By Elisha Sauers,
Published by Mashable, 5 March 2022
Rocket Lab has selected Wallops Island Flight Facility in Virginia to build and launch Neutron, its fully reusable and return-to-launchpad rocket.
Victorian farmhouses, wild ponies, and a 21st-century fireworks show.
On Wallops Island, a remote community on Virginia’s Eastern Shore, a press corps assembled camera tripods in an open field and waited for the countdown on wind-chilled metal bleachers.
Off in the distance was a rocket appearing no bigger than a grain of rice. One member of the party noted that the marshy grasses skirting the view on this February day were much taller than at the last launch.
A smoke plume enveloped the Antares rocket but only for a moment. The bleachers, a couple of miles from the launchpad, vibrated — a drumroll for the capsule headed to the International Space Station. The rocket soon emerged from the cloud, scaling the sky, until it shrank out of sight.
Quite a 21st-century fireworks show for a bucolic area of Victorian farmhouses and roaming wild ponies. How did the tiny barrier island, of all places, become a NASA launch site, a newcomer asked Patrick O’Neill, an International Space Station spokesman.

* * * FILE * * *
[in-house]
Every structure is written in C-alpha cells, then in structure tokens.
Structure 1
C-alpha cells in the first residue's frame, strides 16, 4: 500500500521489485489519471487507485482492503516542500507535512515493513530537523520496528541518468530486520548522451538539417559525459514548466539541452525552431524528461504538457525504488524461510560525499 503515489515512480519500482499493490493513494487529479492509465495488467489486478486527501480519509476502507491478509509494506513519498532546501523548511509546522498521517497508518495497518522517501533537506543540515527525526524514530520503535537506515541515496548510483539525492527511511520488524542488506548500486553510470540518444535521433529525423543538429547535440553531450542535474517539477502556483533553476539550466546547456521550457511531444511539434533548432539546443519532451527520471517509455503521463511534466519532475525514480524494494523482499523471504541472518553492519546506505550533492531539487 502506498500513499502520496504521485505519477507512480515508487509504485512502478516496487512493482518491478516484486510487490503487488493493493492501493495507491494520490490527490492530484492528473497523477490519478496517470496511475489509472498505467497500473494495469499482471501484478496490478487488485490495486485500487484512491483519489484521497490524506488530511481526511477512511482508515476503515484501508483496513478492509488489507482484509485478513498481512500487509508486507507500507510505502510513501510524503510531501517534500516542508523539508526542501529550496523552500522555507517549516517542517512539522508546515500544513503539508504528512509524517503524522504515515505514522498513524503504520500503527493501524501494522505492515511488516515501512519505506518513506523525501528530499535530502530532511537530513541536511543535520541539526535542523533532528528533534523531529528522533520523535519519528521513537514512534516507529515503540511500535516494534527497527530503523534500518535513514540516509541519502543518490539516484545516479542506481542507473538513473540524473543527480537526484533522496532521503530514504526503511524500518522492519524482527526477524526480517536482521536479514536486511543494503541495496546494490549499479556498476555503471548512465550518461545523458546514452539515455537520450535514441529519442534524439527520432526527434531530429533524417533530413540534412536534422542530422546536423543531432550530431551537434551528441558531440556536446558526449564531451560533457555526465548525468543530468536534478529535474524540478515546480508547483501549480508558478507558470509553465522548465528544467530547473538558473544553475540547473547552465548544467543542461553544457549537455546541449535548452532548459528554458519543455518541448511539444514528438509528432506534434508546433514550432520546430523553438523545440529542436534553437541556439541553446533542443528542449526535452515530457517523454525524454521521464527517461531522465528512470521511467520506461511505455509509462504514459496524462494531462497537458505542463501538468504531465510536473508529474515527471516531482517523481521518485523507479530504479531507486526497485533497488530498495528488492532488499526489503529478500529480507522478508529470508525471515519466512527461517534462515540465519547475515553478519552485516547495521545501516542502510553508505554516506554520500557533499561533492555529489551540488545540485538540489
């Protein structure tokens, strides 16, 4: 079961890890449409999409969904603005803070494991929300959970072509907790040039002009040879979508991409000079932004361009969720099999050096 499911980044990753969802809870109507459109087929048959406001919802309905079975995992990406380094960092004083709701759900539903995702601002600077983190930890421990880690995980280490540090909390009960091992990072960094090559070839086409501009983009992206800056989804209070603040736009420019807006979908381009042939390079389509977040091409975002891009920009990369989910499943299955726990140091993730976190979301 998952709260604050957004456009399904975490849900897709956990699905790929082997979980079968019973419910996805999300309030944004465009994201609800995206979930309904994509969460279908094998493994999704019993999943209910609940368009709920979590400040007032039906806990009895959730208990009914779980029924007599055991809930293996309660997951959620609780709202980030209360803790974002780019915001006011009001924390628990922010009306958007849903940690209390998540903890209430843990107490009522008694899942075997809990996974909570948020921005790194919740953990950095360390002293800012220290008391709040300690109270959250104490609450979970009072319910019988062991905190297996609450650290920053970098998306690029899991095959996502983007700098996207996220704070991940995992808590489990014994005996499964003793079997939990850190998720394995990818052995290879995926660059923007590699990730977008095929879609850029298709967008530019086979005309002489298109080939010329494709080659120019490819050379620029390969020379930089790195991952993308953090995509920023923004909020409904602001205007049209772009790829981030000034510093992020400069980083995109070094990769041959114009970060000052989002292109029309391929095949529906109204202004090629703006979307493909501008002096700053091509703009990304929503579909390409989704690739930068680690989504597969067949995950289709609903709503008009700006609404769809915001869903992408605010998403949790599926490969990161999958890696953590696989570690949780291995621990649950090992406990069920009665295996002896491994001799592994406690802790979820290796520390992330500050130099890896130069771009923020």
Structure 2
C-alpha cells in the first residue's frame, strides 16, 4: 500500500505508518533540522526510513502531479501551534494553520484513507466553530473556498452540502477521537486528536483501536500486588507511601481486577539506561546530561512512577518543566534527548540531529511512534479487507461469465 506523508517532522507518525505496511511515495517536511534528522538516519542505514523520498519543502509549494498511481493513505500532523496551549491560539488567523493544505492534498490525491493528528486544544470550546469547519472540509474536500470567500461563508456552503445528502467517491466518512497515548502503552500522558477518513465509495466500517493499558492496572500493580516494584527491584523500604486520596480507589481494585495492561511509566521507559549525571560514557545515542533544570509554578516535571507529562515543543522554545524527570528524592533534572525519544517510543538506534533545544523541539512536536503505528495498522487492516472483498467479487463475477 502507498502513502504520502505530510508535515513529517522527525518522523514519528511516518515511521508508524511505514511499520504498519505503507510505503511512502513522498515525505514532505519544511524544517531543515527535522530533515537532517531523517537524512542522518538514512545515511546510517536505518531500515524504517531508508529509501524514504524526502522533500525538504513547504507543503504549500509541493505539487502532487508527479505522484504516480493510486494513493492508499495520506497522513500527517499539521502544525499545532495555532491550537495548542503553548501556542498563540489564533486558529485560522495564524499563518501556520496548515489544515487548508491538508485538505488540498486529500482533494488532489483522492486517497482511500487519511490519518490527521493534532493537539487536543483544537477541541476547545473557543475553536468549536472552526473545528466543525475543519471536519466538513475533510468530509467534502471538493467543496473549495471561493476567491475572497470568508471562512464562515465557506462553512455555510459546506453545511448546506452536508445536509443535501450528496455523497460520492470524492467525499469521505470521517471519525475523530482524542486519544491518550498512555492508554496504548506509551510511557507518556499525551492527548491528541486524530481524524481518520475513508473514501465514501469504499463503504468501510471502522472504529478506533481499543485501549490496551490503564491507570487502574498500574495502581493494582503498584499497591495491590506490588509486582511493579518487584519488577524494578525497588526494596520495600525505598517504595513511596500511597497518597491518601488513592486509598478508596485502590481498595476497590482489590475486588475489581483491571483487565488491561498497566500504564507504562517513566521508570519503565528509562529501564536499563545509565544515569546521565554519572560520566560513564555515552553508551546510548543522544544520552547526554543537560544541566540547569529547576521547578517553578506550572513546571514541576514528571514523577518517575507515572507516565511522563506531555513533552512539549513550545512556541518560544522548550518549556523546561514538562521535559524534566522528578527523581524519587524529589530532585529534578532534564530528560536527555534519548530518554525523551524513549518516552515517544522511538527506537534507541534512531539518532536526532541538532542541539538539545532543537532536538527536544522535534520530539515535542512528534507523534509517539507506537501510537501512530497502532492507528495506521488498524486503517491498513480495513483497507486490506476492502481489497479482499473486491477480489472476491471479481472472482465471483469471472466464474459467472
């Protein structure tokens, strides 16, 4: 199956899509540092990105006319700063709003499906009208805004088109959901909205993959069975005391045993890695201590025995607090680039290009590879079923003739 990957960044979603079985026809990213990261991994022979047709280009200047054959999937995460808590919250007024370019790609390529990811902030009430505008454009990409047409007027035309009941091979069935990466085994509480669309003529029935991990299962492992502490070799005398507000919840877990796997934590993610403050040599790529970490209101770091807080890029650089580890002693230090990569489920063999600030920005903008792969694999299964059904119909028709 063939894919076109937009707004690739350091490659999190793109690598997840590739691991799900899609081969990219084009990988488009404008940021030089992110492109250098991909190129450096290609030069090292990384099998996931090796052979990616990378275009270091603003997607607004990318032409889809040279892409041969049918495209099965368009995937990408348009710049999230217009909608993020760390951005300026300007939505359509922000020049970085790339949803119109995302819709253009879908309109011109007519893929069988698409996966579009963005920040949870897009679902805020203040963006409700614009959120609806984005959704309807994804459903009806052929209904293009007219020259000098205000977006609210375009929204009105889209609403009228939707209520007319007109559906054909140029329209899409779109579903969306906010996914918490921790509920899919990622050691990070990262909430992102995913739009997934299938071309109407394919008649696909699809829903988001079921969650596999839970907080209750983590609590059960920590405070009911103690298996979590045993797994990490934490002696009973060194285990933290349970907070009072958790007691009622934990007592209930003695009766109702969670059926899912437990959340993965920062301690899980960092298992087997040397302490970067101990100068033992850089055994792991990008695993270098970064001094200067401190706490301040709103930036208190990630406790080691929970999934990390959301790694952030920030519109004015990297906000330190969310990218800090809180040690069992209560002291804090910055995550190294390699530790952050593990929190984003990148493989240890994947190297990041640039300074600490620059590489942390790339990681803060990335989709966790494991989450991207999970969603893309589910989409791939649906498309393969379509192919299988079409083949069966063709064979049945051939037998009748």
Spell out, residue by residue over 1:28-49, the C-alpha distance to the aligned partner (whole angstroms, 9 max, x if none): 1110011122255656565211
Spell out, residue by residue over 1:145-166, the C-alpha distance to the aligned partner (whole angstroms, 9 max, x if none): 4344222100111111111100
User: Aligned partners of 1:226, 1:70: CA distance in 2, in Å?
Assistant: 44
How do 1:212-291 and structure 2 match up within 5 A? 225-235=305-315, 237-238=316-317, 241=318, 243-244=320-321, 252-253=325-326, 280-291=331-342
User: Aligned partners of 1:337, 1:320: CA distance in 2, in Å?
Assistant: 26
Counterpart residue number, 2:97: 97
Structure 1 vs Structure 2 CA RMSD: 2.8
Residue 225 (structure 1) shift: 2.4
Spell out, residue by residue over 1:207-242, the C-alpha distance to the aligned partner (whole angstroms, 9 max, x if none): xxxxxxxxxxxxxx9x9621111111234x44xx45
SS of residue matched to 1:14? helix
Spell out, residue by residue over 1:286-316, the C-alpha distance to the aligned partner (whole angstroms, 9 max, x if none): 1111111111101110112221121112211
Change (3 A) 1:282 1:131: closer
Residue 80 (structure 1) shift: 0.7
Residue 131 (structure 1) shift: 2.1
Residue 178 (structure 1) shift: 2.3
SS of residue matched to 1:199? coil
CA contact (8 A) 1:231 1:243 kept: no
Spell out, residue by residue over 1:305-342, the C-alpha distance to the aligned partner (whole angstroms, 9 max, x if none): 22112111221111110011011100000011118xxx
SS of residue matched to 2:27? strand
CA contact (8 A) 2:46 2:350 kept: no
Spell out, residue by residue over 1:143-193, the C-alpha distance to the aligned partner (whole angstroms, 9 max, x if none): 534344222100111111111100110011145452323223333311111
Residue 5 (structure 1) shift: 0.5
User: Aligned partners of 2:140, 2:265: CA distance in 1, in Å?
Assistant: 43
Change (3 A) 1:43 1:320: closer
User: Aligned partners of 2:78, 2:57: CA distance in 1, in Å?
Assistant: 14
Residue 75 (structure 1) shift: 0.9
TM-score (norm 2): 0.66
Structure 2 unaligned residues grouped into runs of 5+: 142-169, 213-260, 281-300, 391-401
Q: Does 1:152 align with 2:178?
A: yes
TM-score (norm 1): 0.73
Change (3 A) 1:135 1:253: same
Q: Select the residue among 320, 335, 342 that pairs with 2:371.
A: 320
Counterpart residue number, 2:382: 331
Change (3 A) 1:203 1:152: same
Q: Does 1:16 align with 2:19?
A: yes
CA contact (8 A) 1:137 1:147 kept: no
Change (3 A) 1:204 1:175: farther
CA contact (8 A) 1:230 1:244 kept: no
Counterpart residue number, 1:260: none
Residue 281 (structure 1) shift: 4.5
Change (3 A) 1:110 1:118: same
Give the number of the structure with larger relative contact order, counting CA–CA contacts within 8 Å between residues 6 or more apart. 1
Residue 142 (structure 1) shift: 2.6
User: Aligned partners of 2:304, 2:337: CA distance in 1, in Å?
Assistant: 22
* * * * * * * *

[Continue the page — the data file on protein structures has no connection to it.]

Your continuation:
“I really don’t know,” he said. “My assumption is when you are on a coastline like this, when you launch out, you’re not doing it over top of a heavily populated area.”
Perhaps little-known to the space fans accustomed to rockets blasting off from Cape Canaveral, Florida, or the Central California coast, Wallops Island has been a steadfast force since the waning days of World War II. It began as a small testing range for guided missiles a decade before NASA formed. Today, its bread and butter are sounding rockets (small research rockets that only briefly visit space), drones, and high-altitude scientific balloons that float to the edge of space. Uncrewed cargo missions for the space station, provided by Northrop Grumman, fly from the site about twice a year.
But in the coming years, Wallops will play a greater role in the blooming commercial spaceflight industry. The Virginia site is NASA’s only owned rocket launch range for suborbital and orbital rockets. Over the next eight years, the space agency expects the facility to grow from flying two or three orbital launches per year to over 20. The complex is bracing for the Artemis missions to the moon, which will launch directly to the lunar surface and support astronauts.
Through new commercial partnerships, it could even go interplanetary, hosting the first private missions to Venus.
See: Original Article